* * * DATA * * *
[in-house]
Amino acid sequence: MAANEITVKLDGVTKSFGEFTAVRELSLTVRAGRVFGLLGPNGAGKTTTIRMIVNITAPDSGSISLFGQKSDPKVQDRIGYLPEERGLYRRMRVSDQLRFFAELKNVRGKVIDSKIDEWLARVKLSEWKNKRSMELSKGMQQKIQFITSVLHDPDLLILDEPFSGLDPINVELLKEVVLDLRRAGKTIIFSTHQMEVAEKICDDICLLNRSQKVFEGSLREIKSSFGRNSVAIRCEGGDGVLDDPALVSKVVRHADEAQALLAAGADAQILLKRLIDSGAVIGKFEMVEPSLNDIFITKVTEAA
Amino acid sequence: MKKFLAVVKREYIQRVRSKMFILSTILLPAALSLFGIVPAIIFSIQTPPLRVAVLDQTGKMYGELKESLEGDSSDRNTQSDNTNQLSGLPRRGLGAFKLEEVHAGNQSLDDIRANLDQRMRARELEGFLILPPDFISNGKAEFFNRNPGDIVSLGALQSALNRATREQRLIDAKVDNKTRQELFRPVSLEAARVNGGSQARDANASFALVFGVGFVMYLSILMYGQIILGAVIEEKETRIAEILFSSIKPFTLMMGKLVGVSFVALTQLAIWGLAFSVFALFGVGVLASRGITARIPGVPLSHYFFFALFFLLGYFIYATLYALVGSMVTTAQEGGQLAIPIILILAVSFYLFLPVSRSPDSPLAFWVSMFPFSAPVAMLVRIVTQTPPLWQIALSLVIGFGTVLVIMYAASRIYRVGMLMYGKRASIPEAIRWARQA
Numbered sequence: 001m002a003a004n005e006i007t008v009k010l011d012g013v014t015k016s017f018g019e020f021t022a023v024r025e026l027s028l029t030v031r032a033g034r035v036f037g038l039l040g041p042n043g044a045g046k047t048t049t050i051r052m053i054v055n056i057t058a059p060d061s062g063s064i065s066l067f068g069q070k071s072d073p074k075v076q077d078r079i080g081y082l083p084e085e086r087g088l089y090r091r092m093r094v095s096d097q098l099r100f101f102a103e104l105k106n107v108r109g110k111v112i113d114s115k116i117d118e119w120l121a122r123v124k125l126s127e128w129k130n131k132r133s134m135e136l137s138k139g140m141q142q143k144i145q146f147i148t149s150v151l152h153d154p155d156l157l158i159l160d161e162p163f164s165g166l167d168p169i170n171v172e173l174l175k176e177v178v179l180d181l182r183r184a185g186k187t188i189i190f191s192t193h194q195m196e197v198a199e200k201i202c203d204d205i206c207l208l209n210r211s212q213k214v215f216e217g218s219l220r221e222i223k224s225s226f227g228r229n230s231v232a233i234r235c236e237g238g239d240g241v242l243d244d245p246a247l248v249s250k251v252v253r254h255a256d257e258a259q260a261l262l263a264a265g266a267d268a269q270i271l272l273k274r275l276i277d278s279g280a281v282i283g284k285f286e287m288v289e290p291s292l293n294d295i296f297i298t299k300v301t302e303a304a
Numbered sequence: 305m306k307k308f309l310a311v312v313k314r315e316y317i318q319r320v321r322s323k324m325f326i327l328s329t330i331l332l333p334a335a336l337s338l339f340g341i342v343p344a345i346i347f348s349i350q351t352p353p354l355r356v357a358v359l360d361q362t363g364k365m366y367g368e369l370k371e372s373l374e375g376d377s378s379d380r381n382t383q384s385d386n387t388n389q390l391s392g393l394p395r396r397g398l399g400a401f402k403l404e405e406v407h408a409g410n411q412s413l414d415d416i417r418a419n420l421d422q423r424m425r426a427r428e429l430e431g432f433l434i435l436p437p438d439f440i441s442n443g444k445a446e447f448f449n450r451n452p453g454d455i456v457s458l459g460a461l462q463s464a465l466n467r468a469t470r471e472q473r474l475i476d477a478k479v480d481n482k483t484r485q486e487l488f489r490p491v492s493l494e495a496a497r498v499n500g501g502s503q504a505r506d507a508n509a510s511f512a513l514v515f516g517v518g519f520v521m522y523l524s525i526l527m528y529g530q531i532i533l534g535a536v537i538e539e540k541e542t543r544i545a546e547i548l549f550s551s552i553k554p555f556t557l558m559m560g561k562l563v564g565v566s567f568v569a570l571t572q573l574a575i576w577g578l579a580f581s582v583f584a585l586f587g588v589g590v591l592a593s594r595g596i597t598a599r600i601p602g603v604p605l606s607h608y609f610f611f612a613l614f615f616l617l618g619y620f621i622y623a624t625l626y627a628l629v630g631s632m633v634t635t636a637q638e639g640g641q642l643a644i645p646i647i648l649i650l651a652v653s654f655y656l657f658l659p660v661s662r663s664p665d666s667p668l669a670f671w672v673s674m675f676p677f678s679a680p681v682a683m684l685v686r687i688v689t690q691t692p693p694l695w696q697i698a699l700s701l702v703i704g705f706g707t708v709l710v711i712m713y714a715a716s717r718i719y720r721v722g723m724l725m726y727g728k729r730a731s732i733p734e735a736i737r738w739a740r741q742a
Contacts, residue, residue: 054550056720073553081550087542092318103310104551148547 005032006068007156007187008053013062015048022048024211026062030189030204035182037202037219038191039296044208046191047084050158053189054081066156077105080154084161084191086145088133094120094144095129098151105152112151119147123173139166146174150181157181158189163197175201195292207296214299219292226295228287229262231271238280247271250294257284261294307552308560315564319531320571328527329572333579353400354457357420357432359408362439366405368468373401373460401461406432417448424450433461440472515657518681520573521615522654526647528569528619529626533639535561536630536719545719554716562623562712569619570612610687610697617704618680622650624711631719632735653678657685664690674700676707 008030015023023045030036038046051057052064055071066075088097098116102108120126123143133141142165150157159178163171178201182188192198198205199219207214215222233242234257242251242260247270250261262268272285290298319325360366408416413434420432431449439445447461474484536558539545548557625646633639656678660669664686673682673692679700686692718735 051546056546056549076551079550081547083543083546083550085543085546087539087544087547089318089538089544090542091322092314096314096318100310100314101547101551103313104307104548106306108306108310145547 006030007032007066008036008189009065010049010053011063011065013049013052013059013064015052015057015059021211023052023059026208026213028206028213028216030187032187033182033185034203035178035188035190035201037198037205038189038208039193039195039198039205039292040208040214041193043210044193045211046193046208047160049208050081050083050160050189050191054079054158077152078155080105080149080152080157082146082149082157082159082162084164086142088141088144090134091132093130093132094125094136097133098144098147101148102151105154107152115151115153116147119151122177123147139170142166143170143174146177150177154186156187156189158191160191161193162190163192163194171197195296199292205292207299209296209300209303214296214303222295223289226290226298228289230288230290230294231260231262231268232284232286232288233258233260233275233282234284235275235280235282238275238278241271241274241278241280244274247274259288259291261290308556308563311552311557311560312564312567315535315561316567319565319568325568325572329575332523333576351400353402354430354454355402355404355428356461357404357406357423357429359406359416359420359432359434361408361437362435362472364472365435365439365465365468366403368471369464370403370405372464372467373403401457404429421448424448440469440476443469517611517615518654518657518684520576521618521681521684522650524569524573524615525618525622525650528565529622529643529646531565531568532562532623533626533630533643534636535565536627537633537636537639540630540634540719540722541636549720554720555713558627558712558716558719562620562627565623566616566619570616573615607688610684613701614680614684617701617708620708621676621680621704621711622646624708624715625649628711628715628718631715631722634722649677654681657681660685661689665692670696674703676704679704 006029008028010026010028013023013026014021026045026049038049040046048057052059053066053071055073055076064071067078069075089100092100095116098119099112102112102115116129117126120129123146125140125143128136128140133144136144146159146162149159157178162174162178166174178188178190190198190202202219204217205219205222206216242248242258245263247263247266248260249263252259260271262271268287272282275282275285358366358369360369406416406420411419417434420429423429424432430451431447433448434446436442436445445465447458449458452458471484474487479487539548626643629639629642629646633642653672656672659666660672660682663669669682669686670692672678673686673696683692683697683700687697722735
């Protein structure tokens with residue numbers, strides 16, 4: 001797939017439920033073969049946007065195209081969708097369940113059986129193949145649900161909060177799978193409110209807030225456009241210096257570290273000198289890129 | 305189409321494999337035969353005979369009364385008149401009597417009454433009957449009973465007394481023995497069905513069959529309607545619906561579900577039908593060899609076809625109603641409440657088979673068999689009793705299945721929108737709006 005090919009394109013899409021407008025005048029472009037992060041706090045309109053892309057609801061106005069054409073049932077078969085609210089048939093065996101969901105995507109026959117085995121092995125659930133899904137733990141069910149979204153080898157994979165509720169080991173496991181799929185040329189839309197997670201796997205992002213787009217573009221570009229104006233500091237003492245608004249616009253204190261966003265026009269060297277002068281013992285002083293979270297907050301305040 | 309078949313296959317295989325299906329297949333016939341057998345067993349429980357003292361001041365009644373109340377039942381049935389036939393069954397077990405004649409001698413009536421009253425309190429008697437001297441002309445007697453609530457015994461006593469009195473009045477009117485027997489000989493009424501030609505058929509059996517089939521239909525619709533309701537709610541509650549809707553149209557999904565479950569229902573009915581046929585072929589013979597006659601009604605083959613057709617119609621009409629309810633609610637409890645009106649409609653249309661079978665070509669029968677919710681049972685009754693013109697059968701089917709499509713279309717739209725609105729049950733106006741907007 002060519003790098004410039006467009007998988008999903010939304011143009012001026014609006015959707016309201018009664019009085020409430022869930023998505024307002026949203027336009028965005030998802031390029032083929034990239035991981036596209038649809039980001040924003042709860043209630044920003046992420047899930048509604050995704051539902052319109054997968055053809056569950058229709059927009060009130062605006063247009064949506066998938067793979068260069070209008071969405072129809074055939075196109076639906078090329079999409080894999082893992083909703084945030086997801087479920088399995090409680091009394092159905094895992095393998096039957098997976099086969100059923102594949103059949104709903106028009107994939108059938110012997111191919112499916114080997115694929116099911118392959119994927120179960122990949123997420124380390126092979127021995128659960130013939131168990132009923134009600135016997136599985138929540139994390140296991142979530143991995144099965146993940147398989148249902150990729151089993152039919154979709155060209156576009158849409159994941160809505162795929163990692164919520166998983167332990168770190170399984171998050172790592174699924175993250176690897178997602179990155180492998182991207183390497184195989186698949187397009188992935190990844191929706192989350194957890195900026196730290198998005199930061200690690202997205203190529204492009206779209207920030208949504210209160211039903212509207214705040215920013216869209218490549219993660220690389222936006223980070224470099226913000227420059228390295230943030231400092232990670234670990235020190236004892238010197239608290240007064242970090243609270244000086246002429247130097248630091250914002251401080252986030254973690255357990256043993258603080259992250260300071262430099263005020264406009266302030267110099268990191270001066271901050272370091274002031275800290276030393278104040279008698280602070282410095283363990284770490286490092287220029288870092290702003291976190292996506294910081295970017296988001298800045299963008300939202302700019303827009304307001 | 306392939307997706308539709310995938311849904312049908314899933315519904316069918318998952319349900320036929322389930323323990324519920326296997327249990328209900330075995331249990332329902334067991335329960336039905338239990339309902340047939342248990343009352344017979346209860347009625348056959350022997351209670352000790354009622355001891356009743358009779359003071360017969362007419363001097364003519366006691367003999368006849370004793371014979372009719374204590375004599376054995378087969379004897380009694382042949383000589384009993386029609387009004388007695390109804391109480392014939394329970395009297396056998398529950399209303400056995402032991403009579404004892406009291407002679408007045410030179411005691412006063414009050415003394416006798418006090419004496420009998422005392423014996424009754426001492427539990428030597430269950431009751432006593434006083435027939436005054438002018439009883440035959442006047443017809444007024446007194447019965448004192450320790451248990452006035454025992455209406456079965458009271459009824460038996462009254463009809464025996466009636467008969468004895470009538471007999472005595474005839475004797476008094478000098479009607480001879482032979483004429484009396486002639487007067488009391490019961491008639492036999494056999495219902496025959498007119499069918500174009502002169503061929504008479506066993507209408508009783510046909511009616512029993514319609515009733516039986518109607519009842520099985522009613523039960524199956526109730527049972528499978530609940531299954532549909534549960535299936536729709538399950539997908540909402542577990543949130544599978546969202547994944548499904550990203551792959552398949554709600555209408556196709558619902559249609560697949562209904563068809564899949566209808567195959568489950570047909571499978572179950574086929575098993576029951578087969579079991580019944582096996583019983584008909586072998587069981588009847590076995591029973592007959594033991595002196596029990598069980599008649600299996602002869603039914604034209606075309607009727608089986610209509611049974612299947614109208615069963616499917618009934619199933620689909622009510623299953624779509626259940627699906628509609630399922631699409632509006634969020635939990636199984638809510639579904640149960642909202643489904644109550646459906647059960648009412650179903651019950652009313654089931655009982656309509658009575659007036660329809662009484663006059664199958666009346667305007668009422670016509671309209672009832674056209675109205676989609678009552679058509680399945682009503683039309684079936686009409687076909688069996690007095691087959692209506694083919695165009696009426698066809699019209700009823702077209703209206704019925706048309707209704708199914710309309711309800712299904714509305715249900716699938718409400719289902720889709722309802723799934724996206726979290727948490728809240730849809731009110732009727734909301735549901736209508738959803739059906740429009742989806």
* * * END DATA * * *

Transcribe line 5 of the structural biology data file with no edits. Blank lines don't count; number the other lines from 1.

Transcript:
Numbered sequence: 305m306k307k308f309l310a311v312v313k314r315e316y317i318q319r320v321r322s323k324m325f326i327l328s329t330i331l332l333p334a335a336l337s338l339f340g341i342v343p344a345i346i347f348s349i350q351t352p353p354l355r356v357a358v359l360d361q362t363g364k365m366y367g368e369l370k371e372s373l374e375g376d377s378s379d380r381n382t383q384s385d386n387t388n389q390l391s392g393l394p395r396r397g398l399g400a401f402k403l404e405e406v407h408a409g410n411q412s413l414d415d416i417r418a419n420l421d422q423r424m425r426a427r428e429l430e431g432f433l434i435l436p437p438d439f440i441s442n443g444k445a446e447f448f449n450r451n452p453g454d455i456v457s458l459g460a461l462q463s464a465l466n467r468a469t470r471e472q473r474l475i476d477a478k479v480d481n482k483t484r485q486e487l488f489r490p491v492s493l494e495a496a497r498v499n500g501g502s503q504a505r506d507a508n509a510s511f512a513l514v515f516g517v518g519f520v521m522y523l524s525i526l527m528y529g530q531i532i533l534g535a536v537i538e539e540k541e542t543r544i545a546e547i548l549f550s551s552i553k554p555f556t557l558m559m560g561k562l563v564g565v566s567f568v569a570l571t572q573l574a575i576w577g578l579a580f581s582v583f584a585l586f587g588v589g590v591l592a593s594r595g596i597t598a599r600i601p602g603v604p605l606s607h608y609f610f611f612a613l614f615f616l617l618g619y620f621i622y623a624t625l626y627a628l629v630g631s632m633v634t635t636a637q638e639g640g641q642l643a644i645p646i647i648l649i650l651a652v653s654f655y656l657f658l659p660v661s662r663s664p665d666s667p668l669a670f671w672v673s674m675f676p677f678s679a680p681v682a683m684l685v686r687i688v689t690q691t692p693p694l695w696q697i698a699l700s701l702v703i704g705f706g707t708v709l710v711i712m713y714a715a716s717r718i719y720r721v722g723m724l725m726y727g728k729r730a731s732i733p734e735a736i737r738w739a740r741q742a